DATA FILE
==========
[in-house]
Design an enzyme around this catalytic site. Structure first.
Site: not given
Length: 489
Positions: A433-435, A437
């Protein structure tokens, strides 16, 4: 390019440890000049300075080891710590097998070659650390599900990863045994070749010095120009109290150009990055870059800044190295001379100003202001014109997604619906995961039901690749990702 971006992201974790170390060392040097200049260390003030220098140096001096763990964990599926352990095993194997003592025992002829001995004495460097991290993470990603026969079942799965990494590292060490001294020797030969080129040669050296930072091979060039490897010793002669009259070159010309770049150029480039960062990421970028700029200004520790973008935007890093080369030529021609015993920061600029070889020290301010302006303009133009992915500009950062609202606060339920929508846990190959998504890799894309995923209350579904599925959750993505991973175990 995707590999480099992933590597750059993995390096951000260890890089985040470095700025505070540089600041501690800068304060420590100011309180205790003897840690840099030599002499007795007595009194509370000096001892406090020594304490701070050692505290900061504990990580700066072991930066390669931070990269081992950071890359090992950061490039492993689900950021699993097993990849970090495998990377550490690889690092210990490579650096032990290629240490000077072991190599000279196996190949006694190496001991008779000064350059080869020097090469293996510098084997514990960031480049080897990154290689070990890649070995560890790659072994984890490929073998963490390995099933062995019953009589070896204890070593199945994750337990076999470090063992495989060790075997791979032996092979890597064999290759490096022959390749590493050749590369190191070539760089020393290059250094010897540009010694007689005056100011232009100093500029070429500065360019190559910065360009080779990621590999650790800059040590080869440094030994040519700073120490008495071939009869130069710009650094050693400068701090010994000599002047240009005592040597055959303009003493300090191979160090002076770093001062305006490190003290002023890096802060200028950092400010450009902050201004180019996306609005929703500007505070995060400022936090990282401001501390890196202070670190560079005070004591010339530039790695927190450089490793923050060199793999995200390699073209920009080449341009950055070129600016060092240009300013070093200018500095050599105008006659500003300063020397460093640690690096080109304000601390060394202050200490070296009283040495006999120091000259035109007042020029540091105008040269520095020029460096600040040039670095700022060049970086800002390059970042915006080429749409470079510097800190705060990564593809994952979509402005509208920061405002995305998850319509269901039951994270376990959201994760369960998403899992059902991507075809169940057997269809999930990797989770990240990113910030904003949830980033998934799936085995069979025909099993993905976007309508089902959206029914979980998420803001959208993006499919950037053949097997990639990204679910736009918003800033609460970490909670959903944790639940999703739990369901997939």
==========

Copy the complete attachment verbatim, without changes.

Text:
[in-house]
Design an enzyme around this catalytic site. Structure first.
Site: not given
Length: 489
Positions: A433-435, A437
């Protein structure tokens, strides 16, 4: 390019440890000049300075080891710590097998070659650390599900990863045994070749010095120009109290150009990055870059800044190295001379100003202001014109997604619906995961039901690749990702 971006992201974790170390060392040097200049260390003030220098140096001096763990964990599926352990095993194997003592025992002829001995004495460097991290993470990603026969079942799965990494590292060490001294020797030969080129040669050296930072091979060039490897010793002669009259070159010309770049150029480039960062990421970028700029200004520790973008935007890093080369030529021609015993920061600029070889020290301010302006303009133009992915500009950062609202606060339920929508846990190959998504890799894309995923209350579904599925959750993505991973175990 995707590999480099992933590597750059993995390096951000260890890089985040470095700025505070540089600041501690800068304060420590100011309180205790003897840690840099030599002499007795007595009194509370000096001892406090020594304490701070050692505290900061504990990580700066072991930066390669931070990269081992950071890359090992950061490039492993689900950021699993097993990849970090495998990377550490690889690092210990490579650096032990290629240490000077072991190599000279196996190949006694190496001991008779000064350059080869020097090469293996510098084997514990960031480049080897990154290689070990890649070995560890790659072994984890490929073998963490390995099933062995019953009589070896204890070593199945994750337990076999470090063992495989060790075997791979032996092979890597064999290759490096022959390749590493050749590369190191070539760089020393290059250094010897540009010694007689005056100011232009100093500029070429500065360019190559910065360009080779990621590999650790800059040590080869440094030994040519700073120490008495071939009869130069710009650094050693400068701090010994000599002047240009005592040597055959303009003493300090191979160090002076770093001062305006490190003290002023890096802060200028950092400010450009902050201004180019996306609005929703500007505070995060400022936090990282401001501390890196202070670190560079005070004591010339530039790695927190450089490793923050060199793999995200390699073209920009080449341009950055070129600016060092240009300013070093200018500095050599105008006659500003300063020397460093640690690096080109304000601390060394202050200490070296009283040495006999120091000259035109007042020029540091105008040269520095020029460096600040040039670095700022060049970086800002390059970042915006080429749409470079510097800190705060990564593809994952979509402005509208920061405002995305998850319509269901039951994270376990959201994760369960998403899992059902991507075809169940057997269809999930990797989770990240990113910030904003949830980033998934799936085995069979025909099993993905976007309508089902959206029914979980998420803001959208993006499919950037053949097997990639990204679910736009918003800033609460970490909670959903944790639940999703739990369901997939």